Friday, October 10, 2008

thoughts on controversy

Chani asked about controversy, and if we shy away from it or gravitate toward it. Since Emily was pummelled this week for relaying information, and since I can't turn on the television without seeing a split screen of largely contrived controversy, it seems a timely question. Here are my thoughts.

I have this friend whom I rarely mention by name here, because she's not the my-life-is-an-open-book type. She is one of my all-time favorite people. Probably 80% of the posts that begin with "lately I've been thinking about ..." originated from talking with her. She is the kind of friend with whom a conversation will continue for weeks, sometimes months. She is one of the most interesting people I've ever met, and I see the world differently because I know her.

We almost never agree.

If you were to look at our lives on paper, you would be surprised that our paths ever crossed at all, much less that we have been friends as long as we have. We approach the world differently, and as a result almost always have different opinions.

But neither of us values being right over the relationship. Different is not worse or better - it's just different. It isn't my goal to convince her I'm right (most of the time). I'm more interested in the back and forth, in hearing a different perspective, in learning to really listen to another person. She pushes me to sift through what I really believe and why, to think through my own experiences and opinions. Sometimes she does change my mind, and sometimes I change hers, but it almost doesn't matter. The value is in the exchange.

So yes, Chani, to some degree I love controversy. I love to talk to people who don't think the same way I do. I love to hear a different perspective, and to understand how a person got to where they are in life. I love a genuine exchange of ideas. But I hate, hate, hate to argue.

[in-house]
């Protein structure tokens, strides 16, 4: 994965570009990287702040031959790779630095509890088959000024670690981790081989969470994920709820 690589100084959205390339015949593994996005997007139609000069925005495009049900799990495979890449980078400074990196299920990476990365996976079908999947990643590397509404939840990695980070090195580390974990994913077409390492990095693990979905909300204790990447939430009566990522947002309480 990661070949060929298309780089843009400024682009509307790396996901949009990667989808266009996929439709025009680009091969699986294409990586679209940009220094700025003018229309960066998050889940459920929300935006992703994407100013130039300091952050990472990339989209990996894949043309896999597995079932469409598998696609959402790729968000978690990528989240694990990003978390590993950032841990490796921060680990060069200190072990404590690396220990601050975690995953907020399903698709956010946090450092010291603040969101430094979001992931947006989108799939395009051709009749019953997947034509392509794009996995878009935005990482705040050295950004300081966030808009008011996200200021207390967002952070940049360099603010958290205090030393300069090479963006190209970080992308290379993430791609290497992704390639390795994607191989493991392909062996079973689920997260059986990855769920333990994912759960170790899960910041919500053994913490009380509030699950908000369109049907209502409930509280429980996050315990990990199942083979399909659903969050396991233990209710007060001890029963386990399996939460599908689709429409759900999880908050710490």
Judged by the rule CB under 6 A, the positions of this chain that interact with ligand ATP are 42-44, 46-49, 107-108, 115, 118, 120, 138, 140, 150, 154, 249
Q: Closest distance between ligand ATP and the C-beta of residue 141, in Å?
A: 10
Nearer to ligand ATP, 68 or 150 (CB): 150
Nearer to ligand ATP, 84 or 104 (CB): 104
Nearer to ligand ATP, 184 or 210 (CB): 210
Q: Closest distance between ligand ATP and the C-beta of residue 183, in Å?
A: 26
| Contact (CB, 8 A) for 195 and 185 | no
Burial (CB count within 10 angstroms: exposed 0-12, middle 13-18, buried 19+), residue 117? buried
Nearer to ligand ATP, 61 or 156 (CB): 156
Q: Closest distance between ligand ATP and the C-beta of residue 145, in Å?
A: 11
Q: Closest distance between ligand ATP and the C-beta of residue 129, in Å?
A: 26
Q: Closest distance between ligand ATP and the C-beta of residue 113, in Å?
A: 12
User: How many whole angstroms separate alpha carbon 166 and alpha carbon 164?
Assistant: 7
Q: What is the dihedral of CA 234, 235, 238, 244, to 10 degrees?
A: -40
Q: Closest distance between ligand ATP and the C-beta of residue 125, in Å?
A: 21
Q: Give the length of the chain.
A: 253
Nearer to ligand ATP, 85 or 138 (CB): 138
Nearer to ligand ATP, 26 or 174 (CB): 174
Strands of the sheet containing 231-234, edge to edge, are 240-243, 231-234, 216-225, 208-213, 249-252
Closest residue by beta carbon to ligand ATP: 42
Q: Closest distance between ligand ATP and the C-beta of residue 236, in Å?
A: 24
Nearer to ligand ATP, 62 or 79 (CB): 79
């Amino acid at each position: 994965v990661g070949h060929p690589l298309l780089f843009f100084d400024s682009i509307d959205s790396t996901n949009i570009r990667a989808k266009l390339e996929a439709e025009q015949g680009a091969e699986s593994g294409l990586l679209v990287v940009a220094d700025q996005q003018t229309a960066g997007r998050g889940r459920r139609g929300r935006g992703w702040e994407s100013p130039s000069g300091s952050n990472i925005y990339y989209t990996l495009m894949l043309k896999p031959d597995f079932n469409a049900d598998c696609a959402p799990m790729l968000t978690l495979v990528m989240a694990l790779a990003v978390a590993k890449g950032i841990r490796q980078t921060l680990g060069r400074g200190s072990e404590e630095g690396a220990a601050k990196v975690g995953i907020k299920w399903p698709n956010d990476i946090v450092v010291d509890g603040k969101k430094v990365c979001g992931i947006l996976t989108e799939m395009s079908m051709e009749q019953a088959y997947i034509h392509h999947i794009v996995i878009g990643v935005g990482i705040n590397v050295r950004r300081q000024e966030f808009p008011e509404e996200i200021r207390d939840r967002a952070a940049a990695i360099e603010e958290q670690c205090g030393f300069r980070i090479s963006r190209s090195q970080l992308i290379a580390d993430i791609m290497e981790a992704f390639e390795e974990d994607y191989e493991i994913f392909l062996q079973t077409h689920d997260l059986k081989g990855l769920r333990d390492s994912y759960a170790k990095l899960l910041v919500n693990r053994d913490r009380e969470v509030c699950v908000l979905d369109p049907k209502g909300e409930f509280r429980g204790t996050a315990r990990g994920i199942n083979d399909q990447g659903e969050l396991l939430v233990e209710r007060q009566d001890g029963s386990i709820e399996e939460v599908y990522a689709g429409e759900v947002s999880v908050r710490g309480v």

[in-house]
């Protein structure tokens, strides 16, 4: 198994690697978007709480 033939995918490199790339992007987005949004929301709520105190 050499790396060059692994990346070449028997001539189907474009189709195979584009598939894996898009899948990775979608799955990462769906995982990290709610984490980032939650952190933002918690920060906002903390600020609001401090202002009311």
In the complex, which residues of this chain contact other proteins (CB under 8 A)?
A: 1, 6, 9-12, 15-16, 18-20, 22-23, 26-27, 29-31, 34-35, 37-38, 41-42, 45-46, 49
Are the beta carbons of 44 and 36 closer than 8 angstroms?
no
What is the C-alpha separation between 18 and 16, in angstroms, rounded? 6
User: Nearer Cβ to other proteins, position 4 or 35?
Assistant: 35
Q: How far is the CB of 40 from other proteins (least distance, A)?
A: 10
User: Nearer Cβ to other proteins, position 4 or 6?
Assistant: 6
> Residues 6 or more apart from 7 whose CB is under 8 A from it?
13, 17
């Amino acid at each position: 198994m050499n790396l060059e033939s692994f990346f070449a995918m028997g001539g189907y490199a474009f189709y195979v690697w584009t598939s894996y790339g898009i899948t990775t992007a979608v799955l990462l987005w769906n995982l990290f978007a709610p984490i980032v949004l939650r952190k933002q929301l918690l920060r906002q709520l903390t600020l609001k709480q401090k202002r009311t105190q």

If a person's goal is to ridicule, or "win," or to puff up his own ego, then I have no use for him. If a person uses the time when someone else is talking to plan their response, or harbors genuine disregard for someone else because they have a different opinion, I am not at all interested in having a conversation with him. I won't be someone else's soap box, and I don't tolerate watching such a scene as a third party very well, either. Hatefulness, sarcasm, and spite just make people angry, they don't ever change someone's mind.

I love controversy when I'm valued above my opinion. When I am not, I want no part of it.

How about you? How do you handle controversy?

4 comments:

thailandchani said...

That's an excellent distinction between discussing and arguing. I agree with all you say here. Respectful discussion is a good way to learn another point of view. Once someone invests his or her ego in the outcome, fur begins to fly and I lose interest.

Thanks for answering! :)


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LMilky said...

great post.

how do I handle controversy... hmm? I'll be honest and admit that most controversies start with me needing a time out and having to "walk away." If I am not pushed or forced into being made to think or feel or do something I am not comfortable with then most controversies end alright... but... and I have said this before I have a HUGE flaw that has to do with trust... once bitten twice shy.

Jason said...

I try to make folks laugh when things get sticky ....maybe its a natural defense of some kind ....

Madame Rubies said...

I agree about vauling relationship over being right. That was a lesson I have only learned in the last few years of life. I commented to my friend, Leann, about the election and my lack of discussion of it that I see a lose/lose situation and I don't think it is worth losing friends over as well.